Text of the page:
Vacuum Metallizing: Filament Standoff Posts
The design and positioning of filament standoff posts are important considerations in vacuum metallizing. The design of the posts can affect the life of the filaments, how well they perform, and how easy or difficult it is to replace the filaments.
Standoff positioning is critical for:
- maximizing part coverage
- extending filament life
- and minimizing rejects due to burns or evaporant drips.
How many standoff posts should a chamber have?
Twenty-two is a common number for a 48″ chamber, eleven above the buss bar and eleven below. A 72″ chamber can accomodate more. The amount of power that you have available and the amount of evaporant to be deposited will determine the number of filaments that you require. If the weight of your evaporant is at or above 15% of the filament weight, and your coverage is inadequate, you should be adding filament standoff posts to improve coverage. A filament can’t really evaporate more than 15% of its weight per cycle without severely shortening its life and without the possibility of molten evaporant dripping off the filament.
It is possible to have too many standoffs. If this occurs, the standoffs will shadow one another and block parts from receiving proper coverage. The evaporant ends up on a neighboring standoff post instead of on your parts. To some extent, this is unavoidable, but the closer your standoffs are to one another, the worse it is.
You can simulate too many standoffs by using a bare light bulb. If you hold your hand up near the wall, it casts a shadow about the size of your hand. As you move closer to the bulb, the size of the shadow grows. In a similar manner, a filament post will block evaporant from reaching the parts and since it is so close to the filament, the shadow it casts is large.
Filament Angle & Pitch
The filament angle or pitch is also important. The filament legs should be horizontal, while the centerline of the coil should be at a 20° to 30° angle off vertical.
Filament should be fixtured so that the bottom turn, and not the bottom leg, is the lowest point. This orientation will allow the evaporant to properly wet the filament without encouraging balling and dripping of evaporant at the bottom of the filament. Proper wet out and reduced balling will improve part coverage and extend filament life. [View Image Larger]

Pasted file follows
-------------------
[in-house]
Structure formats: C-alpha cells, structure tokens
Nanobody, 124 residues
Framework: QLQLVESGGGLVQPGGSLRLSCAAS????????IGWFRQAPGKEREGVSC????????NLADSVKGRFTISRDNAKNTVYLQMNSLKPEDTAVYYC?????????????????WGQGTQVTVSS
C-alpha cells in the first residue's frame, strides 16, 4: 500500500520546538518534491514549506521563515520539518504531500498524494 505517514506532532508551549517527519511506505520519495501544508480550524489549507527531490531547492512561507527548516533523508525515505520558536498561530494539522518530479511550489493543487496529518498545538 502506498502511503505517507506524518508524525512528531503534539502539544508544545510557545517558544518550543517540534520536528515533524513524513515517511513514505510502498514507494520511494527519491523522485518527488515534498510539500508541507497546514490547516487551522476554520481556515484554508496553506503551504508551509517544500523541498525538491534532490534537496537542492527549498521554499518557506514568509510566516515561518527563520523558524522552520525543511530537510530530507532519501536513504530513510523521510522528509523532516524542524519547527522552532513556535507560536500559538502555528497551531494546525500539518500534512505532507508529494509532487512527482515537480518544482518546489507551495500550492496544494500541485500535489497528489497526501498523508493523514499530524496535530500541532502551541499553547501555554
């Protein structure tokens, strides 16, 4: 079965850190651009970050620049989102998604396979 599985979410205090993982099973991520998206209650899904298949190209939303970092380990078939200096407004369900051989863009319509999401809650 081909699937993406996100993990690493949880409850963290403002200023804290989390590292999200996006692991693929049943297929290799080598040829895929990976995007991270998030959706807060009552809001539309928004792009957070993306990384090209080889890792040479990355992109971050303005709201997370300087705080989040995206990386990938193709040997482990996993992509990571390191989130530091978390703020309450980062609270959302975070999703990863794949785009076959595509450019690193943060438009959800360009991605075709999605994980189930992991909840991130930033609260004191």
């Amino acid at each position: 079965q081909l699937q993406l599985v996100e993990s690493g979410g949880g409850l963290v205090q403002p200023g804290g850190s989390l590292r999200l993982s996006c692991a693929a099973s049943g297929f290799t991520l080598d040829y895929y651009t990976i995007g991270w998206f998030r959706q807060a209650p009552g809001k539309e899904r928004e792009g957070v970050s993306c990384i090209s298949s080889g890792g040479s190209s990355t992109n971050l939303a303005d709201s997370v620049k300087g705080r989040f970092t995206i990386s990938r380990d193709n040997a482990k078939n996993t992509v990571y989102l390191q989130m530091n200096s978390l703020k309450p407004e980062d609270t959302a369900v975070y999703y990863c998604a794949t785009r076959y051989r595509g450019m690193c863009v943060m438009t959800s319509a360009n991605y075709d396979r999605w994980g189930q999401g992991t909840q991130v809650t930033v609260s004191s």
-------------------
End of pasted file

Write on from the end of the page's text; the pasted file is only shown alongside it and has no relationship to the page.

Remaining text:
Standoffs should always be positioned to accept filaments without having to bend or distort them. Bending or twisting filaments can drastically reduce filament life.
Filaments – Adjustment & Replacement
If your filament posts cannot be properly adjusted, they may need to be replaced. Replacement posts can be as expensive as $100 per set, depending on the style. Is the cost justified?
Consider this example: You are a shop running two shifts per day. Each of your chambers has 22 filaments and can run three loads per hour. You are currently getting 7 shots per filament and your filaments cost $.80 each. Some of your filaments have to be bent to fit in their holders and some are at an odd angle. Let’s see how your costs change if you upgrade your posts and get one more shot per filament with the new standoff posts:
3 shots per hour x 16 hours per day x 250 days per year = 12,000 shots per year
12,000 shots x (22 filaments per chamber/7shots per filament) x $.80 per filament = $30,166
12,000 shots x (22 filaments per chamber/8 shots per filament) x $.80 per filament = $26,400
$30,166 – $26,400 = $3,766 per year (by getting just one extra shot)
22 holder sets replaced at $100 each costs $2,200, leaving you $1,566 ahead in year one. Each subsequent year, the full $3766 savings will be realized. So you can see that significant savings are possible from changing filament standoff posts. Do the math with your own numbers.
Filament Post Types
There are several styles of filament posts available. The simplest is nothing more than brass threaded rod with a hole drilled through it. The filament is placed in the hole and a wing nut or knurled nut tightens the filament down. Many improvements on this style exist. The hole can be replaced with a slot for easier loading. The nut can be replaced with a spring loaded washer to prevent over-tightening. The spring should be stainless steel for easy cleaning and may have a cover on it to prevent buildup of evaporant from hindering performance. The brass can be replaced with copper for better conductivity. Sometimes a cavity is drilled down in the post and the spring is located internally.
The posts can be fastened to the buss bars by one of several methods. Holes can be drilled and tapped in the buss bars and the standoff posts threaded into them. The posts are now fixed in position. This is good only if you never need to change the angle or location of the bars. If the holes are blind holes, they may trap gas, which can be a problem. Another method of fastening is to have the post silver soldered into a block that is split and has a hole that matches the diameter of the buss bar. The two halves of the block are placed around the buss bar and bolted together. This method also offers good electrical contact and has more flexibility in the positioning of the bars. It is more expensive than the first method due to the extra material and machining. A cheaper variation of this method is to use a U-bolt to go around the buss bar and have it pass through two holes in the standoff post and fasten with two nuts. Electrical contact is not as good as with the other two methods.